“My goal is to bring another voice and another angle to how decisions are being made,” says Cory Hughes, about joining the High Prairie School Board.
Hughes became a HPSD trustee by acclamation on September 20. The other Slave Lake trustee is Joy McGregor.
Asked why he ran, Hughes says “I wanted to be part of something that would directly impact my child.” Something which “directly relates to our next generation.”
Hughes’ daughter just started Kindergarten at C.J. Schurter Elementary School in Slave Lake.
“And she loves it every day,” says Hughes.
Hughes also considered running for town council or the Chamber of Commerce, but decided that the school board was a better use of his time.
Hughes describes Ali Mouallem as one of his mentors. Mouallem was one of the Slave Lake HPSD trustees for the last term.
From talking with Mouallem and doing some research, Hughes understands the school board trustees are “the voices of the school district” and the superintendent’s boss.
School board trustees commit to a four-year term – with at least monthly meetings.
Slave Lake has public, Catholic, and Christian schools. Also, people homeschool. This gives parents choice.
As parents of a Kindergartner, Hughes and his wife recently had to make a decision between these options.
“There’s a lot more that the public schools can offer than the private schools,” says Hughes. “Just more opportunities it seems for young people. I want my daughter to have all of the opportunities. We’ve heard nothing but great things about C.J.”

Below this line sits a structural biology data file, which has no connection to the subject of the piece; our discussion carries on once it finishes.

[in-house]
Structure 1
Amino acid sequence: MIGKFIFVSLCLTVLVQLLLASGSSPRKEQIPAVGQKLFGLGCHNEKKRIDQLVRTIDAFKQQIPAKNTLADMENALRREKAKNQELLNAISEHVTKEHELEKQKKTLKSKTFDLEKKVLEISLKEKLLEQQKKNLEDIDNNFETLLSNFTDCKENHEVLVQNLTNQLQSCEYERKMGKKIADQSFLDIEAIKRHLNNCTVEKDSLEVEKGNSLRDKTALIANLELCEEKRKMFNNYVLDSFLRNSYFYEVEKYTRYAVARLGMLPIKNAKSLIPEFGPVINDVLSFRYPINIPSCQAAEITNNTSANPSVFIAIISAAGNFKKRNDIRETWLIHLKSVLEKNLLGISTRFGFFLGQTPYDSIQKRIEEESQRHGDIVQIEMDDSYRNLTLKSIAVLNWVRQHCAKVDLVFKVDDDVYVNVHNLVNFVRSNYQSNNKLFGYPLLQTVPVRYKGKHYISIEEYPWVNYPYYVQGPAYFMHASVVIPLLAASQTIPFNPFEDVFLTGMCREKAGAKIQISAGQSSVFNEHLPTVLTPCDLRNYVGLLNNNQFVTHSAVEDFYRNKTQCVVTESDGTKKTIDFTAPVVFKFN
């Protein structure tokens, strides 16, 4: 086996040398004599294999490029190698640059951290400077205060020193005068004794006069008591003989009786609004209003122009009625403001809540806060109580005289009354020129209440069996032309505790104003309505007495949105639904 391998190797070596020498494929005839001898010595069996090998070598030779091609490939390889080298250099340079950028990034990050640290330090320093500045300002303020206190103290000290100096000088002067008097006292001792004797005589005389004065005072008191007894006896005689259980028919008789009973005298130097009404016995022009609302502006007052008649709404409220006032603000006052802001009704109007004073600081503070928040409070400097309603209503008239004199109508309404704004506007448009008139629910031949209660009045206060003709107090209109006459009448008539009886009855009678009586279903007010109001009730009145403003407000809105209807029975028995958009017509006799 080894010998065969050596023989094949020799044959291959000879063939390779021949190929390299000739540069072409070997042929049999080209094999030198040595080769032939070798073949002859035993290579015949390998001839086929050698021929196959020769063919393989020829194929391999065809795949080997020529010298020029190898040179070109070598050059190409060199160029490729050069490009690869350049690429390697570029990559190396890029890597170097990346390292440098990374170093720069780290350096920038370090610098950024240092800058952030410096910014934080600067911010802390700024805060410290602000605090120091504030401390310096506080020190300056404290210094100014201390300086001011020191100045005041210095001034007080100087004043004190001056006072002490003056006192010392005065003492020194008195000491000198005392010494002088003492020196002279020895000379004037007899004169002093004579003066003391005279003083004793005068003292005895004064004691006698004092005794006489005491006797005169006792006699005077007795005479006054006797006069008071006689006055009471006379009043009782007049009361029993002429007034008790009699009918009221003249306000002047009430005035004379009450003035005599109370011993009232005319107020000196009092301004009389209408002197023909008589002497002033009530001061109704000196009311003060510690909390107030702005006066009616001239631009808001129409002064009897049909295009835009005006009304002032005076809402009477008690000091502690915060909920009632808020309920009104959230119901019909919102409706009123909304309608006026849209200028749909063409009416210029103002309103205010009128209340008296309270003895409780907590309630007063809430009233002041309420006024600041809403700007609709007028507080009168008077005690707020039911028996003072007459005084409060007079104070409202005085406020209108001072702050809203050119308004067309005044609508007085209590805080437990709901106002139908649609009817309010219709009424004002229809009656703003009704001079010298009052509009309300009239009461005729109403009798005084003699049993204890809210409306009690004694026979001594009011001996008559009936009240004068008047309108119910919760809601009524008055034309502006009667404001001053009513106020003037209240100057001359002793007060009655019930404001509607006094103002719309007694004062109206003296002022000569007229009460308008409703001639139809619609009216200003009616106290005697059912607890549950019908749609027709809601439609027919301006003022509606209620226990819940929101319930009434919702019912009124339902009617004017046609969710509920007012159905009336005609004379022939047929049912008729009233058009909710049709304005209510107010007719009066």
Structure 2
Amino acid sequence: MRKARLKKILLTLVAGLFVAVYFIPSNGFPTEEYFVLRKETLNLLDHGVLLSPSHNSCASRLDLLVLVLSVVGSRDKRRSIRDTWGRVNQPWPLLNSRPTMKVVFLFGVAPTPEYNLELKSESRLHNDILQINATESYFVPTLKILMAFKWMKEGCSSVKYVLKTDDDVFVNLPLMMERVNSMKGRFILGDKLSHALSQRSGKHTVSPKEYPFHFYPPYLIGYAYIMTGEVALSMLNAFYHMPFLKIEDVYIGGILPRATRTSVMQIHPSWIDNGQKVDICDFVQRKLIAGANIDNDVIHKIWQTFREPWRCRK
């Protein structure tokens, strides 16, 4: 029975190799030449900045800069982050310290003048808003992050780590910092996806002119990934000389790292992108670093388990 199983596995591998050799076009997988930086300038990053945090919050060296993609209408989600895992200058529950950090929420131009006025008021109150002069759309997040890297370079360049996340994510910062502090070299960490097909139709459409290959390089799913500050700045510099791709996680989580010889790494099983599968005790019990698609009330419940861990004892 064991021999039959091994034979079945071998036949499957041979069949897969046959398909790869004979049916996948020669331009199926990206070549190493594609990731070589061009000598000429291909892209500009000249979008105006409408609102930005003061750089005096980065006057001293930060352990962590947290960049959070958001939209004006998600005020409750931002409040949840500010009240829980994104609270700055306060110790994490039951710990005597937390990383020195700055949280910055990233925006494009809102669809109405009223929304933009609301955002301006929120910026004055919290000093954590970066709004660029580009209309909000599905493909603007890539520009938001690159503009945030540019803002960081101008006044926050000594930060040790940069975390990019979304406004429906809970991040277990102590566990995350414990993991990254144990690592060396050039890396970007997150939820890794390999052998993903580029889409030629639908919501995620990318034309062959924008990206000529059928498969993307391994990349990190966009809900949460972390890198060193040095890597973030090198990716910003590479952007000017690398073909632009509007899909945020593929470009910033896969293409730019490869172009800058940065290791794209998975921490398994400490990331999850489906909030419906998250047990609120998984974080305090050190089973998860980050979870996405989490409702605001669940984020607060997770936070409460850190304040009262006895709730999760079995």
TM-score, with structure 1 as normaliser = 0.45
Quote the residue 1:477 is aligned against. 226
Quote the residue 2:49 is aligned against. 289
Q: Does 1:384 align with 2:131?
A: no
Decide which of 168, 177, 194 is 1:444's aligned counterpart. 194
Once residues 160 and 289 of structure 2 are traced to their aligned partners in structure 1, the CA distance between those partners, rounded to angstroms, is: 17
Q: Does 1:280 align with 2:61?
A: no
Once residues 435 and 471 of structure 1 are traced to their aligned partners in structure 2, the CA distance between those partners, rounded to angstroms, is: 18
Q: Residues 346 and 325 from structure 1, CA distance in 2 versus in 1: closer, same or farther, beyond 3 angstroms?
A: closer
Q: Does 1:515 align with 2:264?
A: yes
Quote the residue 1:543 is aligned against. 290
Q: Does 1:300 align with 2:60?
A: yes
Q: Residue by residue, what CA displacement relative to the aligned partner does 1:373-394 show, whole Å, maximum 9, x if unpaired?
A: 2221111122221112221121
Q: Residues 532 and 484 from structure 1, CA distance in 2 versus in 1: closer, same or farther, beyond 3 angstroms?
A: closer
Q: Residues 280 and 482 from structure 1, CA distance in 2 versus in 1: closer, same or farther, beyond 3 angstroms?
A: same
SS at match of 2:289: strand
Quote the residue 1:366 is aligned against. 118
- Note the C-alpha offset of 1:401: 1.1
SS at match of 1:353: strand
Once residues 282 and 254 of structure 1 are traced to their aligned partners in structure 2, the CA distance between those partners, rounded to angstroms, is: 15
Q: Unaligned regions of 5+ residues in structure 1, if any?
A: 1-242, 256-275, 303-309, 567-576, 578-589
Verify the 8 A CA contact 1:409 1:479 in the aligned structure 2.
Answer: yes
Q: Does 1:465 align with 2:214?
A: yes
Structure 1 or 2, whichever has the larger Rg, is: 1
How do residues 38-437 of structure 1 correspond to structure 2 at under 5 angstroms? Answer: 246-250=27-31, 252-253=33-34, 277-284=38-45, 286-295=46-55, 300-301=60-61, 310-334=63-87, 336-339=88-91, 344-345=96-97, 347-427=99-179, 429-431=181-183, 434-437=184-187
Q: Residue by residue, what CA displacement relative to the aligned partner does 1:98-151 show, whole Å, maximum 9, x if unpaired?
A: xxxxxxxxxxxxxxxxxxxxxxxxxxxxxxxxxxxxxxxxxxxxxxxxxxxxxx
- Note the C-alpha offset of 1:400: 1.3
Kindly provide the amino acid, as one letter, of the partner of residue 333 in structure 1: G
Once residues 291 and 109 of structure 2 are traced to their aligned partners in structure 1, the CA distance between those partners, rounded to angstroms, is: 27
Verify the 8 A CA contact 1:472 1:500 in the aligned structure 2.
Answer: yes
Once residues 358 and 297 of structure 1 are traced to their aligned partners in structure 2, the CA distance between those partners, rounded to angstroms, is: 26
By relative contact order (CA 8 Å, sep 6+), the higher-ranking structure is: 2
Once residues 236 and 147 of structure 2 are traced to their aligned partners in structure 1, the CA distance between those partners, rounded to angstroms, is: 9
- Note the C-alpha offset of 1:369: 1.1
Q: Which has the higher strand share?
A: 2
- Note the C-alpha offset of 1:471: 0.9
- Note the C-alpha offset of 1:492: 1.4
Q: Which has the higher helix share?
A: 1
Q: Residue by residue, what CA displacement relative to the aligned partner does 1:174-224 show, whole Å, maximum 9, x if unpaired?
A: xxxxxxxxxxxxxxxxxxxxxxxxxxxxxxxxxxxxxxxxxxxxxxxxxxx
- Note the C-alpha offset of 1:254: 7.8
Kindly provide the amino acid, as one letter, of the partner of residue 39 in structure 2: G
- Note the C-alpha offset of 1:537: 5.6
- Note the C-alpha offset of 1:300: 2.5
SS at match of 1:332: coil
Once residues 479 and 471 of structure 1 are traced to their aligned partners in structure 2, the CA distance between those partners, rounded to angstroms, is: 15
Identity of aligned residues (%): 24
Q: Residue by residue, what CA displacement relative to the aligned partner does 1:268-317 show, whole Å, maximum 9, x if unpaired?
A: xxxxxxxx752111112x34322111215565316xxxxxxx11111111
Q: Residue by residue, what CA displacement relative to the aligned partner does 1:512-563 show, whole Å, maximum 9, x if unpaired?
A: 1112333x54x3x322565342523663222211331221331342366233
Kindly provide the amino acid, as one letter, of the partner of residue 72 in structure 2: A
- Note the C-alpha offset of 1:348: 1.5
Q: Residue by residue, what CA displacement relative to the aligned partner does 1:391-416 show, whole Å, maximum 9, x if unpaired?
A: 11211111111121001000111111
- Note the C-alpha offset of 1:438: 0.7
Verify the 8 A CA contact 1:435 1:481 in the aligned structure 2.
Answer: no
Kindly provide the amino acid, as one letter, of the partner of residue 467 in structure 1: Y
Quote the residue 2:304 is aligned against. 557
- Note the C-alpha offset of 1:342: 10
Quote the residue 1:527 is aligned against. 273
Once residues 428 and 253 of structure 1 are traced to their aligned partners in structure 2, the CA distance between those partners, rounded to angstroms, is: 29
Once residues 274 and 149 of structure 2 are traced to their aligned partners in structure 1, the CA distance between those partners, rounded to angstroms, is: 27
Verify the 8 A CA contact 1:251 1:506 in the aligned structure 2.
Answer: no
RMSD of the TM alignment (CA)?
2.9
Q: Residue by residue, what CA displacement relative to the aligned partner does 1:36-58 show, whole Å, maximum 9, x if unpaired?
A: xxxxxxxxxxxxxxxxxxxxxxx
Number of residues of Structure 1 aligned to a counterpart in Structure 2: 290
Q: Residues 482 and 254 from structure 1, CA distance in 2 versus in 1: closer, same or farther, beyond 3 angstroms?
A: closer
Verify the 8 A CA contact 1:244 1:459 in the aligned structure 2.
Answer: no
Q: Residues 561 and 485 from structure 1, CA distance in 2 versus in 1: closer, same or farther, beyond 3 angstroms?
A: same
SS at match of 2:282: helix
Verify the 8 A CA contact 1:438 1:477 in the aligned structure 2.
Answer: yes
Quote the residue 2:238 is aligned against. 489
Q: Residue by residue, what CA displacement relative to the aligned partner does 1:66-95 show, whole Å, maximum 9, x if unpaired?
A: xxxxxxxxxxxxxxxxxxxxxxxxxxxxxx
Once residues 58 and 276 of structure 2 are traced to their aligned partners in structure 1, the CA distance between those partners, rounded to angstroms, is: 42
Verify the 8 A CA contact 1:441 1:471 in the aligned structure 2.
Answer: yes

This is Hughes’ first time on a school board or “any council,” he says. It is “a whole new thing for me.”
However, it is not his first role in leadership. He first came to Slave Lake as a pastor. Also, he studied leadership and team development at Bible school in Australia. For the last year, Hughes has been a business owner in Slave Lake.
Returning to Hughes’ goal on the school board, part of his “voice” and “angle” is faith.
“It’s always important to me,” he says. “It’s who you are and its not just what you do.”
“This (Slave Lake) is where my voice stands, but what we say here will resonate to, I think it is, 14 other schools,” says Hughes. The decisions that the school board makes are important, he adds. “Especially for young kids, because everything we do now reflects on them – molds them into how they are going to be.”
Hughes attended public school in Delta, east of Vancouver, BC.
“It’s all part of the metro Vancouver area,” he says.
Slave Lake is very different than living in Vancouver.
“In a good way though,” says Hughes. “The way of life here is definitely something to write home about.”